A nonviolent campaign against any evil will certainly lead to suffering, so anyone intending to start one does need to weigh that against the ongoing cost of inaction. But this is no reason to cast blame on people for merely for seeking to defend what is right nonviolently. Considering various conditions & events in Jesus' lifetime, and other things he said, I consider that he was not trying to forbid this.

 

On yet another hand. Why do we assume that we are able or required to overcome, ourselves, intolerable social/economic/political wrongs? We may be led to do so-- a great privilege and honor to be so led. But there are deeper causes which sabotage all our social tinkering (including the determined, clever, and largely successful manuevers of those who "benefit" (short-term, at cost to their own souls and sanity!) from existing evils.) Consider, please, what are these deeper causes of human evil & suffering?

 

 

Comment by Rosemary Rimmer-Clay on 2nd mo. 23, 2011 at 12:47pm

Pastor Martin Niemoller...
First they came for the communists,
and I didn't speak out because I wasn't a communist.

Then they came for the trade unionists,
and I didn't speak out because I wasn't a trade unionist.

Then they came for the Jews,
and I didn't speak out because I wasn't a Jew.

Then they came for me
and there was no one left to speak out for me.

We can ignore the cruelty and oppression that we see in our own community and in the wider world, or we can take the actions that we feel are right to make the world a better place...

Comment by Rickey D. Whetstone on 2nd mo. 23, 2011 at 10:10pm

Forrest

I can understand . . . that your on the fence about this subject and it's your opinion and I welcome all comments on the subject.  This problem has been around since the garden of Eden.  When a human observes the actions of another human and then physically  acts to oppress the oppressor.  They  are actually making this statement.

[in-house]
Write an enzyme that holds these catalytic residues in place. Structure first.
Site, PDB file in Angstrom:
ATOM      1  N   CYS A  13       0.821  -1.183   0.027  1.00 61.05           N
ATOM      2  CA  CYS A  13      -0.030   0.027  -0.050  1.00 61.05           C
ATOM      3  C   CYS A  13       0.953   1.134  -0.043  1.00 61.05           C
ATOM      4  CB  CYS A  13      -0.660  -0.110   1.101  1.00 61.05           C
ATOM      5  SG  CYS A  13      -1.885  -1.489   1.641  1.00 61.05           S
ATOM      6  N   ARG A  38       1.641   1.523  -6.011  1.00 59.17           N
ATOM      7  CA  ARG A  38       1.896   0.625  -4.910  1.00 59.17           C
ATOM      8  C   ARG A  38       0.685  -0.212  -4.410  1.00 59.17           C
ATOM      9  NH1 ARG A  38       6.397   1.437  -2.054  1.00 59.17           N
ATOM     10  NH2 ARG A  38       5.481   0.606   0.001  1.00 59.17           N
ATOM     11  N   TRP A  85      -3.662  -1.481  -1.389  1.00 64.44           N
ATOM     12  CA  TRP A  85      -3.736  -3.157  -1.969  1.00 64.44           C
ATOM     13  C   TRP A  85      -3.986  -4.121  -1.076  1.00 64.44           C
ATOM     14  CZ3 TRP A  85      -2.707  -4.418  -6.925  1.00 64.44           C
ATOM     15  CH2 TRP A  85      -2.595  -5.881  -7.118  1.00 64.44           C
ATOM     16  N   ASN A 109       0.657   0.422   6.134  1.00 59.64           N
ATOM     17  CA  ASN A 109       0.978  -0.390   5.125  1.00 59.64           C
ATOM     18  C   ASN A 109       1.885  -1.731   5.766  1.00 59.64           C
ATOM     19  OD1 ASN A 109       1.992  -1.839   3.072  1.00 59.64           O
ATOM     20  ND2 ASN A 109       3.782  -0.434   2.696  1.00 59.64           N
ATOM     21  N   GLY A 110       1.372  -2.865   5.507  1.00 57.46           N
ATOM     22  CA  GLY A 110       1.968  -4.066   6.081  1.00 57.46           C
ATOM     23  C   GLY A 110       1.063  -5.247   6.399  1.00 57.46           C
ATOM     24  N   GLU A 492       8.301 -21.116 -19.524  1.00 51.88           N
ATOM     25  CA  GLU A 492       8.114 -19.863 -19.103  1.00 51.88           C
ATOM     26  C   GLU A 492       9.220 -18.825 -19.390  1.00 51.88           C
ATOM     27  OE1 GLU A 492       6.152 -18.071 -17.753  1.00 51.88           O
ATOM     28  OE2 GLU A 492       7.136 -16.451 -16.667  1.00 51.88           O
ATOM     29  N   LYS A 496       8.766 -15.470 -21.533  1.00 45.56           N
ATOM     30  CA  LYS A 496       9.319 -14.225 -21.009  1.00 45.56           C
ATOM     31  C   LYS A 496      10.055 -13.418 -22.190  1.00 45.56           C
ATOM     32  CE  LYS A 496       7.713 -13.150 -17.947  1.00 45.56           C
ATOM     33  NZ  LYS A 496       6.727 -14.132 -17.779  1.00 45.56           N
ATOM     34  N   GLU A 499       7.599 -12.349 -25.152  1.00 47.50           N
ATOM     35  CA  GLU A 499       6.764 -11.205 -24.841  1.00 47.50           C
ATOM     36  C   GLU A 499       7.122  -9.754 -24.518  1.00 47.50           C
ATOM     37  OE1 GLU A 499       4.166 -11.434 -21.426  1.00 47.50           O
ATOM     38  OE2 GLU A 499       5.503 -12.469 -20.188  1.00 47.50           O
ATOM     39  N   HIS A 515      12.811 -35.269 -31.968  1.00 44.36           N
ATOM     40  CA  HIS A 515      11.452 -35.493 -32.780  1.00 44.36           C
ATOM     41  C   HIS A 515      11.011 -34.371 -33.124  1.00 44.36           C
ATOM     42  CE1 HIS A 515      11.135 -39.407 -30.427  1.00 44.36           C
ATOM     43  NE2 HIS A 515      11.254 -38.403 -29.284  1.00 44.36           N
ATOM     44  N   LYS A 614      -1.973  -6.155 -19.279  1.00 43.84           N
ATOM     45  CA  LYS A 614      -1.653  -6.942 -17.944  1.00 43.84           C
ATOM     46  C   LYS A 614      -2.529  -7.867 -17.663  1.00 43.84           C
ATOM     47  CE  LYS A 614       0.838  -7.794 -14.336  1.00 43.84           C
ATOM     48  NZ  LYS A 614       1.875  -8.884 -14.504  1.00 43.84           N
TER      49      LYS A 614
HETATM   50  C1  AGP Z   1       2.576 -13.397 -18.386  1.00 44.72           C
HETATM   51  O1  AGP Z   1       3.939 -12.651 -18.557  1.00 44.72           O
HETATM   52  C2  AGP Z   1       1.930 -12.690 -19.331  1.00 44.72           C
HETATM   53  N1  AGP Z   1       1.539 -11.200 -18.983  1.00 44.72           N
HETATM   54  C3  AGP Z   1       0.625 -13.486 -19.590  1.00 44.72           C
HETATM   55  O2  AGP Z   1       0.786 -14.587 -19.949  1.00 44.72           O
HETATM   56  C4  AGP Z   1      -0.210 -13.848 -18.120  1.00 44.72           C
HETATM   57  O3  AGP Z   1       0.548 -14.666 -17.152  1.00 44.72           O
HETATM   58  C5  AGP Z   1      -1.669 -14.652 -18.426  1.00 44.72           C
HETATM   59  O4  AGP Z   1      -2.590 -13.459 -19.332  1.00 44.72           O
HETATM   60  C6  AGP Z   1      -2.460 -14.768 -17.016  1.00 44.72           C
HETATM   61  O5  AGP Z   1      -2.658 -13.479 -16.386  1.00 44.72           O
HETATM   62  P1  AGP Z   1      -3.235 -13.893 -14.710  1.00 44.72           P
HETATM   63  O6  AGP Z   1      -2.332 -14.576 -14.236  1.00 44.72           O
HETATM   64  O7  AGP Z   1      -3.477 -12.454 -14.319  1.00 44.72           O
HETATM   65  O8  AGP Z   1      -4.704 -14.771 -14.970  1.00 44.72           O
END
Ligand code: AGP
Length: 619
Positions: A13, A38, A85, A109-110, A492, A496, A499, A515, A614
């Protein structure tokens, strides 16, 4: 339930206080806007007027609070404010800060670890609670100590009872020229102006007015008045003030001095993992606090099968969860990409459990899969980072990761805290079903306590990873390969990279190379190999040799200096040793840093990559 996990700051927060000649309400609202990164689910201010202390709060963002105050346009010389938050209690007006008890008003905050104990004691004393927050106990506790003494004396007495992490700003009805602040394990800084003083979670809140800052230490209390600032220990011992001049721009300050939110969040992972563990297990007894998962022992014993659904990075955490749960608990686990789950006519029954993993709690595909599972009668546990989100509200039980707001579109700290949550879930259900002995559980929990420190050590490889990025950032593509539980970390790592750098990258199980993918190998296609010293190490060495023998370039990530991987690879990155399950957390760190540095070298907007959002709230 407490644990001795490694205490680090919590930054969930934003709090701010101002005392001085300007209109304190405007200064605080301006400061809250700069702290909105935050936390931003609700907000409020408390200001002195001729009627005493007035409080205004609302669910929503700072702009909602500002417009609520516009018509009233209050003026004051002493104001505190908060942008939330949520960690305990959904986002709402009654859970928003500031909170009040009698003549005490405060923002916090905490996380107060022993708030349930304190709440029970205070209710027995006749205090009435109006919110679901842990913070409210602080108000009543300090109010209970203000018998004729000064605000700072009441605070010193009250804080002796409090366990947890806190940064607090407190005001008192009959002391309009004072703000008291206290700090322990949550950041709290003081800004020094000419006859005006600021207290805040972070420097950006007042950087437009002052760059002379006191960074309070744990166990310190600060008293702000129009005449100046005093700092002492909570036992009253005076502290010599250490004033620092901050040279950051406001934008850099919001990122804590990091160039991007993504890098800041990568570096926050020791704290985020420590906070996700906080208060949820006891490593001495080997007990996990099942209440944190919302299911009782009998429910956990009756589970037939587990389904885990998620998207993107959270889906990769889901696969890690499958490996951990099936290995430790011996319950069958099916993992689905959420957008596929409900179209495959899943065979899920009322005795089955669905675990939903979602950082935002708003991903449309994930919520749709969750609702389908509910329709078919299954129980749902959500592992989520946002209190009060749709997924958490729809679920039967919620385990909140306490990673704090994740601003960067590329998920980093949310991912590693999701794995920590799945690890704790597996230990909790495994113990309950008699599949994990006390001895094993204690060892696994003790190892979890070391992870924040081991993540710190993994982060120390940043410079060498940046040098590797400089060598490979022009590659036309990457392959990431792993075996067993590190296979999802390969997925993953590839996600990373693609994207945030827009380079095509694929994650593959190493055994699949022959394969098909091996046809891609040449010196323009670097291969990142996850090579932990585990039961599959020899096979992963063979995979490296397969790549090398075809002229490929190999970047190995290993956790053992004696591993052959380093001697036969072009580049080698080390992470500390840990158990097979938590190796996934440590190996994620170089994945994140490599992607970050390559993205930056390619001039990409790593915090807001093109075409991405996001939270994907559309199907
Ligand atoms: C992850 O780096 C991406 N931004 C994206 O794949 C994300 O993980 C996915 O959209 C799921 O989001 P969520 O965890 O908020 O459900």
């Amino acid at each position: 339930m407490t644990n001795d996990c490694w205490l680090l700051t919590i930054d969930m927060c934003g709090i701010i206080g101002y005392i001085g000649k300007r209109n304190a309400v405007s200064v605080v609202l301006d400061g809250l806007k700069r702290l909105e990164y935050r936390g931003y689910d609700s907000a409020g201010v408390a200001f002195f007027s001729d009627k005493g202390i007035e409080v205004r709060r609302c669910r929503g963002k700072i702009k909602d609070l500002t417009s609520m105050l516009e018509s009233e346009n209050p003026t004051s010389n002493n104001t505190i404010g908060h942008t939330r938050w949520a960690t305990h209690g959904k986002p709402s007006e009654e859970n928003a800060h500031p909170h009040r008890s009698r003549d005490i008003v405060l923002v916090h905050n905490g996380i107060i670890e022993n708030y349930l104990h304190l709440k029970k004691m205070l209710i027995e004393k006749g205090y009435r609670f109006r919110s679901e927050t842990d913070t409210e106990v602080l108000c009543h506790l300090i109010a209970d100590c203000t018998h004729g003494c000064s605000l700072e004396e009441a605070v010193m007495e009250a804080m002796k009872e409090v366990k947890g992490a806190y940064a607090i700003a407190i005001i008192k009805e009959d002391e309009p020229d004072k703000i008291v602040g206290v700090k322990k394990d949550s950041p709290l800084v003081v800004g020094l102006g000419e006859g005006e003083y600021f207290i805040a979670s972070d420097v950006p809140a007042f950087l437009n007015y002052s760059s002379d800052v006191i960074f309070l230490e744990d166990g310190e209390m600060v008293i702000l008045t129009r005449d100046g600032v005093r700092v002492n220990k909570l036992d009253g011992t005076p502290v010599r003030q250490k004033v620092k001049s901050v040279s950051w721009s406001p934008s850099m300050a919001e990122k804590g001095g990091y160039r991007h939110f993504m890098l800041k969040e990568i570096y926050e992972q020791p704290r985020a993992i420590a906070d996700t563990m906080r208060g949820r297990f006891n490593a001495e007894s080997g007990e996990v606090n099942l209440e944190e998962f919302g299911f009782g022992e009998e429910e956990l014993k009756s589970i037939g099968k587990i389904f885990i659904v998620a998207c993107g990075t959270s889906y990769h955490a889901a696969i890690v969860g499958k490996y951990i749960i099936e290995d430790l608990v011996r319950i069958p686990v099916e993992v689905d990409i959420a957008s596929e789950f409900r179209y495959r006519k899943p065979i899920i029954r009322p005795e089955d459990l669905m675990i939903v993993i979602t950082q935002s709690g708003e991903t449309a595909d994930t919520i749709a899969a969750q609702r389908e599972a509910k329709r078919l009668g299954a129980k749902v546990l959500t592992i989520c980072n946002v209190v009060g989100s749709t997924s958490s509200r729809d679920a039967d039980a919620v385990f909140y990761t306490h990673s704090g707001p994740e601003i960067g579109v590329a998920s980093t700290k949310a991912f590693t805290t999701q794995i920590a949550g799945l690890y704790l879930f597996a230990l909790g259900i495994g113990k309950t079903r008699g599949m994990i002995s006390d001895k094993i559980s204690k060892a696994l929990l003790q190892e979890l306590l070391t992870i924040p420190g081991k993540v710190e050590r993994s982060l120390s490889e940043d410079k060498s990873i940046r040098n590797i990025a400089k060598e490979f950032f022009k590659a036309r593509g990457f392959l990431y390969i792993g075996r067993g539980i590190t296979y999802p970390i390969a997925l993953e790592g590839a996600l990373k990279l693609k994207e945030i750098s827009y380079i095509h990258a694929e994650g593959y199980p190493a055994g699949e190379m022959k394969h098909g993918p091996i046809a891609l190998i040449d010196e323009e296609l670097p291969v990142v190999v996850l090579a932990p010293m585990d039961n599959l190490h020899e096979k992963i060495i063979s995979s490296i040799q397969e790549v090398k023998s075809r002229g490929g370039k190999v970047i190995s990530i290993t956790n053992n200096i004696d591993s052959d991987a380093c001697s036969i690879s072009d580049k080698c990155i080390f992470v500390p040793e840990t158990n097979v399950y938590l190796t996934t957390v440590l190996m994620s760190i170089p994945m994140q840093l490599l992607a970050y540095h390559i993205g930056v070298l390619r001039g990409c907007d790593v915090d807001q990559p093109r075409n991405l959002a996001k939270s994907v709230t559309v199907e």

" God you are not in control of the universe and you don't know what you are doing and I'm going to correct the situation by taking action. "     

 

When Jesus was living on this planet  . . . Israel was occupied by the nasty Romans . . . who were killing  any Jews that were rebelling against Rome.   So . . . why did Jesus start killing Romans and rescue his people from the enemy?   Many Jews believed that the messiah would free Israel from all their enemies.  And when Jesus did not kill one Roman soldier they thought he was a fake.   

 

So . . . the answer is . . . are you going to act like Jesus . . . or are you going to act like the devil?

Comment by Forrest Curo on 2nd mo. 23, 2011 at 11:23pm

Rickey, would you prefer your karma to impact you with an inarticulate thud, or would you rather have somebody pointing out to you how and where it needs a serious overhaul?

 

I am not "on a fence;" I am letting God put up the fences where needed, and endeavoring not to build any of my own.

 

But I am saying that there is a way, and a motive, for nonviolent political action that is not "oppressing the oppressor" but rather seeking to  inform him that he needs to stop oppressing, or suffer consequences that I won't be responsible for...

 

And I am not in a position to condemn a nation I don't know for their nonviolent-- and deeply courageous-- efforts to say no to their current oppressors. Neither are you, going by what you've been saying about this. God may or may not give them the outcome they'd like, but it won't be for not deserving better!